Having majored in English while focusing on poetry, it’s perhaps unsurprising I came away with a love for my textbook A Poet’s Guide to Poetry by Mary Kinzie. Embarrassingly though, I never spent enough time with the book while still in school. I’ve made myself the pact that I will finally read the entire book through, completing the exercises and reading her suggestions as I go.
One of the first suggestions I read was “His Rooms In College” by Thomas Gunn. It was suggested as an example of blank verse that presented a scene, which prompted the speaker to meditate, which then allowed the speaker to come to a different opinion about the original scene, one with understanding or resolution.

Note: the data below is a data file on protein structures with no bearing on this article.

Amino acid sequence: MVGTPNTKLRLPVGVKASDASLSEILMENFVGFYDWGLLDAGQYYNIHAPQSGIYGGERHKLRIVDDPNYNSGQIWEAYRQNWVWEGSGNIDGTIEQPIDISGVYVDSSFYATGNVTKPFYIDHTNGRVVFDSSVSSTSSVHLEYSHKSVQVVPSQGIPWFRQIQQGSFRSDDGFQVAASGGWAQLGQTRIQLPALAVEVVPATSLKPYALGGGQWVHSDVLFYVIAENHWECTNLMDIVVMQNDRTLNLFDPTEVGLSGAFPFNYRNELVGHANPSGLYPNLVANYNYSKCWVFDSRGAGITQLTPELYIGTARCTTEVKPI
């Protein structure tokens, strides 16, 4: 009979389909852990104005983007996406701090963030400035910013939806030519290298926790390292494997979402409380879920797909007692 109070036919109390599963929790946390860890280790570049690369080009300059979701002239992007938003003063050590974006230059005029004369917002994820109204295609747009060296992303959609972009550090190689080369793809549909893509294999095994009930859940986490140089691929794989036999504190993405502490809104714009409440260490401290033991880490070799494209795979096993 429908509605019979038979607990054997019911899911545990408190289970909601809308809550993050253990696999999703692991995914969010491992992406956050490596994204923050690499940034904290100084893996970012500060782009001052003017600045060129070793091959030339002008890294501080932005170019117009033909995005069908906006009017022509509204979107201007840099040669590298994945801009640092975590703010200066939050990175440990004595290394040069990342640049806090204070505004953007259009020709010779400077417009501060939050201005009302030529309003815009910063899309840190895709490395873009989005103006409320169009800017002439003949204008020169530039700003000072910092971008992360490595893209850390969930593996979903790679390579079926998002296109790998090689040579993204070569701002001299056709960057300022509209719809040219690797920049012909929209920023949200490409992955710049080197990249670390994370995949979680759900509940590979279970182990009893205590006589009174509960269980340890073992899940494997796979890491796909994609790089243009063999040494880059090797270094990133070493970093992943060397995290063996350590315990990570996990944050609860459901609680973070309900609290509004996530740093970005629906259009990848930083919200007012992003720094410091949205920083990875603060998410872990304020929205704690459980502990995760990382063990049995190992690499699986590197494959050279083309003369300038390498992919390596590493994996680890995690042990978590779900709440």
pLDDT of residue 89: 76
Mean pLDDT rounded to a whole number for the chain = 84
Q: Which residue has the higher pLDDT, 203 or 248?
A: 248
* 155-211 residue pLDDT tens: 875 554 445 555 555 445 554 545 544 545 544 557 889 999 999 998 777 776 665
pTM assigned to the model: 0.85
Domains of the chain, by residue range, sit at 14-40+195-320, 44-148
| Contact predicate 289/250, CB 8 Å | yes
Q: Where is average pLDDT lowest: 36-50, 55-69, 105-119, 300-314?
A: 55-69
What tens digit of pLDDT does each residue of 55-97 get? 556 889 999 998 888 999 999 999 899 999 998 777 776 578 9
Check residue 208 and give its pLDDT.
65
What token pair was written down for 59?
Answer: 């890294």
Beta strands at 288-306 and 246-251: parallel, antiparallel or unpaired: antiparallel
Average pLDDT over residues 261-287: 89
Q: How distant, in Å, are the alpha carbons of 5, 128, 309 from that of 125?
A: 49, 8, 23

All through the damp morning he works, he reads.
The papers of his students are interrupted
Still by the raw fury, the awkward sadness
His marriage has become. The young serious voices
Are drowned by her remembered piteous wail
‘Discovering’ the one unfaithfulness
He never did commit.
Be more specific.
What do they have ahead of them, poor dears,
This kind of thing?
Today no supervisions;
But though he meant these hours for his research
He takes a book, not even in his ‘field,’
And some note touches him, he goes on reading
Hours long into the afternoon from which
The same low river fog has never lifted.
If every now and then he raises his eyes
And stares at winter lawns below, each time
He sees their hard blurred slopes the less. He reads,
He reads, until the chapel clock strikes five,
And suddenly discovers that the book,
Unevenly, gradually, and with difficulty,
Has all along been showing him its mind
(Like no one ever met at a dinner party),
And his attention has become prolonged
To the quiet passion with which he in return
Has given himself completely to the book.
He looks out at the darkened lawns, surprised
Less by the loss of grief than by the trust.